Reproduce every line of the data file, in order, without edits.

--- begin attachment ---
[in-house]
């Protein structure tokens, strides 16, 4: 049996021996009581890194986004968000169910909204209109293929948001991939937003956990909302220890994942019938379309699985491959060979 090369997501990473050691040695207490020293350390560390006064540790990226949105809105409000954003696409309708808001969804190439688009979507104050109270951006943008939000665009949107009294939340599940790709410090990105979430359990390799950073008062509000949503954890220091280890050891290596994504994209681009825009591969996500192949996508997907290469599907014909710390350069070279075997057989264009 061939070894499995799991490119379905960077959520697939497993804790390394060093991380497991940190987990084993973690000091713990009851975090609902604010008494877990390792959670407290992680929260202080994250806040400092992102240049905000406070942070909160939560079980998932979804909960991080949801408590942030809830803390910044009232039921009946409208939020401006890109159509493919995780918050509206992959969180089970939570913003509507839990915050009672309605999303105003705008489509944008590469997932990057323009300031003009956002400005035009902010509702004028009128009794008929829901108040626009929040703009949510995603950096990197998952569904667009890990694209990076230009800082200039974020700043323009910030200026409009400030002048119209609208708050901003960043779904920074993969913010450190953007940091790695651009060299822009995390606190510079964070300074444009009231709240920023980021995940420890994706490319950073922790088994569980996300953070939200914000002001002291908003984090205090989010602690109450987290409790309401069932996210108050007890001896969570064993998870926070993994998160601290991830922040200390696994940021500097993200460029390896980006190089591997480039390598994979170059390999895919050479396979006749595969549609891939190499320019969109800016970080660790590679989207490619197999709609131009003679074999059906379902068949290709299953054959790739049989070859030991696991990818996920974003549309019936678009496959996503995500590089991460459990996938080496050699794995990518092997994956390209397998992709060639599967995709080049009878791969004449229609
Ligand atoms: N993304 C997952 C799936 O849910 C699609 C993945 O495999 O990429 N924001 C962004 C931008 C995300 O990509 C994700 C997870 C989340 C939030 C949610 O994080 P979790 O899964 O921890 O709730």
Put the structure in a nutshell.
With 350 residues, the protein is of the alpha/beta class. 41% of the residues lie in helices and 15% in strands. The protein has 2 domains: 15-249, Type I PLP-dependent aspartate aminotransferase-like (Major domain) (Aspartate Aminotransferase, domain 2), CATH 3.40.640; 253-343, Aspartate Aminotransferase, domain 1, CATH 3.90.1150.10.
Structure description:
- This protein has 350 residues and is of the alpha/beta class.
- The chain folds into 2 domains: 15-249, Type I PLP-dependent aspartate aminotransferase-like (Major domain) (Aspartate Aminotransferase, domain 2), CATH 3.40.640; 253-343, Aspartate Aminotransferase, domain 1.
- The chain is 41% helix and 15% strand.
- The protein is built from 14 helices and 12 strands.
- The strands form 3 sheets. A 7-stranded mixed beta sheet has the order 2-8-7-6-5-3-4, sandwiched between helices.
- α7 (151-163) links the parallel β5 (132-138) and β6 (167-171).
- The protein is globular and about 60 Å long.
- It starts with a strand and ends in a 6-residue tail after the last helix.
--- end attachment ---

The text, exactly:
[in-house]
């Protein structure tokens, strides 16, 4: 049996021996009581890194986004968000169910909204209109293929948001991939937003956990909302220890994942019938379309699985491959060979 090369997501990473050691040695207490020293350390560390006064540790990226949105809105409000954003696409309708808001969804190439688009979507104050109270951006943008939000665009949107009294939340599940790709410090990105979430359990390799950073008062509000949503954890220091280890050891290596994504994209681009825009591969996500192949996508997907290469599907014909710390350069070279075997057989264009 061939070894499995799991490119379905960077959520697939497993804790390394060093991380497991940190987990084993973690000091713990009851975090609902604010008494877990390792959670407290992680929260202080994250806040400092992102240049905000406070942070909160939560079980998932979804909960991080949801408590942030809830803390910044009232039921009946409208939020401006890109159509493919995780918050509206992959969180089970939570913003509507839990915050009672309605999303105003705008489509944008590469997932990057323009300031003009956002400005035009902010509702004028009128009794008929829901108040626009929040703009949510995603950096990197998952569904667009890990694209990076230009800082200039974020700043323009910030200026409009400030002048119209609208708050901003960043779904920074993969913010450190953007940091790695651009060299822009995390606190510079964070300074444009009231709240920023980021995940420890994706490319950073922790088994569980996300953070939200914000002001002291908003984090205090989010602690109450987290409790309401069932996210108050007890001896969570064993998870926070993994998160601290991830922040200390696994940021500097993200460029390896980006190089591997480039390598994979170059390999895919050479396979006749595969549609891939190499320019969109800016970080660790590679989207490619197999709609131009003679074999059906379902068949290709299953054959790739049989070859030991696991990818996920974003549309019936678009496959996503995500590089991460459990996938080496050699794995990518092997994956390209397998992709060639599967995709080049009878791969004449229609
Ligand atoms: N993304 C997952 C799936 O849910 C699609 C993945 O495999 O990429 N924001 C962004 C931008 C995300 O990509 C994700 C997870 C989340 C939030 C949610 O994080 P979790 O899964 O921890 O709730």
Put the structure in a nutshell.
With 350 residues, the protein is of the alpha/beta class. 41% of the residues lie in helices and 15% in strands. The protein has 2 domains: 15-249, Type I PLP-dependent aspartate aminotransferase-like (Major domain) (Aspartate Aminotransferase, domain 2), CATH 3.40.640; 253-343, Aspartate Aminotransferase, domain 1, CATH 3.90.1150.10.
Structure description:
- This protein has 350 residues and is of the alpha/beta class.
- The chain folds into 2 domains: 15-249, Type I PLP-dependent aspartate aminotransferase-like (Major domain) (Aspartate Aminotransferase, domain 2), CATH 3.40.640; 253-343, Aspartate Aminotransferase, domain 1.
- The chain is 41% helix and 15% strand.
- The protein is built from 14 helices and 12 strands.
- The strands form 3 sheets. A 7-stranded mixed beta sheet has the order 2-8-7-6-5-3-4, sandwiched between helices.
- α7 (151-163) links the parallel β5 (132-138) and β6 (167-171).
- The protein is globular and about 60 Å long.
- It starts with a strand and ends in a 6-residue tail after the last helix.